More than 1 million doses of the COVID-19 vaccine have now been distributed statewide.
Since vaccinations started in December, 1,062,287 doses of the COVID-19 vaccine have been administered in Nevada, up from 904,504 last week. In total, 672,177 people have received at least one dose of the COVID-19 vaccine and 378,958 people have been fully vaccinated.
That means that nearly 22 percent of Nevadans have been either fully or partially vaccinated. In total, Nevada has received more than 1.3 million doses of the vaccine for distribution.
According to the CDC, Nevada has received the 7th fewest doses per capita of any state — the state was at 11th last week — at 42,987 per 100,000 residents. Alaska has received the most doses per capita at 69,582 per 100,000. The federal government has told state officials that it is using the 2018 American Community Survey population numbers, which may not accurately reflect Nevada’s current population, to allocate doses to states.
Nevada has slightly improved in the national ranking of doses administered per capita by each state this week. It now stands at having administered the 32nd most doses, up from 33rd last week. Nevada also ranks 16th for doses administered as a percentage of doses received, at 80 percent.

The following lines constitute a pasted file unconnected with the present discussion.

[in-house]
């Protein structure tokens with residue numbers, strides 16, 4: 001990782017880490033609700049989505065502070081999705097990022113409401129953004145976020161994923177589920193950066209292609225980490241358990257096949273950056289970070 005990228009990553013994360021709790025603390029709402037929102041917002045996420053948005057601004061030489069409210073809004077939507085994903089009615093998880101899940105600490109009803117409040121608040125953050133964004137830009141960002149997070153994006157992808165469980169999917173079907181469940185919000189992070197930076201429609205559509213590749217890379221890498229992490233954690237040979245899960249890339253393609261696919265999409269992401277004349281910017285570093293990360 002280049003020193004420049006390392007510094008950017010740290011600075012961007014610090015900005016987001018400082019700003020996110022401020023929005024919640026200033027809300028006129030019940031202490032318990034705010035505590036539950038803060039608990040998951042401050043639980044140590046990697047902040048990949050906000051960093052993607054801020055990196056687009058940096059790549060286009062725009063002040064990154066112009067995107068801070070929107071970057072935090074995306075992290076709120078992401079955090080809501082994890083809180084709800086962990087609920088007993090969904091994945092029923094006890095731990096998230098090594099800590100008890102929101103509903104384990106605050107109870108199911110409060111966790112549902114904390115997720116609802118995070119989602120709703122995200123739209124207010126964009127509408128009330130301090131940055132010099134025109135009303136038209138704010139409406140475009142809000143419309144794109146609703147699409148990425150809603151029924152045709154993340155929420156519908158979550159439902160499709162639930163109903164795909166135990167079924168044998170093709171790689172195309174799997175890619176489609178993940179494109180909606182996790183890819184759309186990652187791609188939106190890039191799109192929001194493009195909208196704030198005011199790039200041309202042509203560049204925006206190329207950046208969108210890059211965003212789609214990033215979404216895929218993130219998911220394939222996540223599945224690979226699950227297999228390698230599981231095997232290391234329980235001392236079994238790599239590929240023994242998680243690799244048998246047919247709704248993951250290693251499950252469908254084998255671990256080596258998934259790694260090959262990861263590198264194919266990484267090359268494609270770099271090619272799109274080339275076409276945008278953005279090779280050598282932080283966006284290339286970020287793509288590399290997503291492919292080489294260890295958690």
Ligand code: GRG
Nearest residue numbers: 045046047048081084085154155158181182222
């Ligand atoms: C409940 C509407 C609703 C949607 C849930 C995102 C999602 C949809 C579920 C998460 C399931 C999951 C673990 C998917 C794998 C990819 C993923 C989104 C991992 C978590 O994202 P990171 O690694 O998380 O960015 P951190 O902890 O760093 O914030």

Among the counties, White Pine County has now administered the most doses per capita, at about 6,500 vaccines administered per 10,000 residents, followed by Mineral County at 5,600 and Churchill at 3,800. Clark County continues to rank 9th at 3,200, while Washoe now ranks 6th, up from 8th, at 3,400. In this ranking, the Quad Counties — that is, Carson City and Douglas, Lyon and Storey counties — and Nye and Esmeralda counties are grouped together because they are coordinating vaccine distribution efforts.
It’s also important to note that these numbers are a rough approximation, as shots are reported based on the county where they were administered, not where the person they were given to lives.
For more on the vaccination process in the state, read our vaccine Q&A here.
The number of new COVID-19 deaths reported each day has started to plateau, though the level of deaths being seen each day is still much higher than it was at the last low point in October.
As of Thursday, 11 deaths were being reported on average each day over the last seven days, down from a high of 45 on Jan. 14 and essentially unchanged from last week. At the last low point on October 27, an average of 4 deaths were being seen each day.
Over the last seven days, 77 new COVID-19 deaths have been reported across the state, including:
- 68 in Clark County
- 6 in Washoe County
- 2 in Elko County